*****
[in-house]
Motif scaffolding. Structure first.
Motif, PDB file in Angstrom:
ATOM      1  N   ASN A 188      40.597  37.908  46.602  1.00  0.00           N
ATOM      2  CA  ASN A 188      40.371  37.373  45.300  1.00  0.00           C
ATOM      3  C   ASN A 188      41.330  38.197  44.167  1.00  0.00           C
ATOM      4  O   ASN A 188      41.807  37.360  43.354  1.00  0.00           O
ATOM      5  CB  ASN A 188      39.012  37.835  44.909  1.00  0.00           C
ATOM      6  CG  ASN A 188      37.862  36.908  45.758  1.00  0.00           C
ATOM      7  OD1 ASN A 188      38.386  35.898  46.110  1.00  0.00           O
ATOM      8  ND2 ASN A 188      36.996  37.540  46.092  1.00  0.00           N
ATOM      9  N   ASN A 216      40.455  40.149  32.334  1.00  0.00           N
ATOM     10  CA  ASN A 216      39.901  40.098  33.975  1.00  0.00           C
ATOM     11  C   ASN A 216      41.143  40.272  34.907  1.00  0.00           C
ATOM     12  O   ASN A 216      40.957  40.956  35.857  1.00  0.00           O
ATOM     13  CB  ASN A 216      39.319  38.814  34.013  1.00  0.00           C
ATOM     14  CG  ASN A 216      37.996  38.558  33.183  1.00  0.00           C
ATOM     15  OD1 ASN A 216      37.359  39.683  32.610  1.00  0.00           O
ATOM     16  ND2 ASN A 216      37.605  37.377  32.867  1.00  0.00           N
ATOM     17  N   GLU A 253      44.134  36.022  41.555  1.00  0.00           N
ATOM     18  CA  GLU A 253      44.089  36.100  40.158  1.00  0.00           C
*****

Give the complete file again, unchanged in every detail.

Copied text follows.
[in-house]
Motif scaffolding. Structure first.
Motif, PDB file in Angstrom:
ATOM      1  N   ASN A 188      40.597  37.908  46.602  1.00  0.00           N
ATOM      2  CA  ASN A 188      40.371  37.373  45.300  1.00  0.00           C
ATOM      3  C   ASN A 188      41.330  38.197  44.167  1.00  0.00           C
ATOM      4  O   ASN A 188      41.807  37.360  43.354  1.00  0.00           O
ATOM      5  CB  ASN A 188      39.012  37.835  44.909  1.00  0.00           C
ATOM      6  CG  ASN A 188      37.862  36.908  45.758  1.00  0.00           C
ATOM      7  OD1 ASN A 188      38.386  35.898  46.110  1.00  0.00           O
ATOM      8  ND2 ASN A 188      36.996  37.540  46.092  1.00  0.00           N
ATOM      9  N   ASN A 216      40.455  40.149  32.334  1.00  0.00           N
ATOM     10  CA  ASN A 216      39.901  40.098  33.975  1.00  0.00           C
ATOM     11  C   ASN A 216      41.143  40.272  34.907  1.00  0.00           C
ATOM     12  O   ASN A 216      40.957  40.956  35.857  1.00  0.00           O
ATOM     13  CB  ASN A 216      39.319  38.814  34.013  1.00  0.00           C
ATOM     14  CG  ASN A 216      37.996  38.558  33.183  1.00  0.00           C
ATOM     15  OD1 ASN A 216      37.359  39.683  32.610  1.00  0.00           O
ATOM     16  ND2 ASN A 216      37.605  37.377  32.867  1.00  0.00           N
ATOM     17  N   GLU A 253      44.134  36.022  41.555  1.00  0.00           N
ATOM     18  CA  GLU A 253      44.089  36.100  40.158  1.00  0.00           C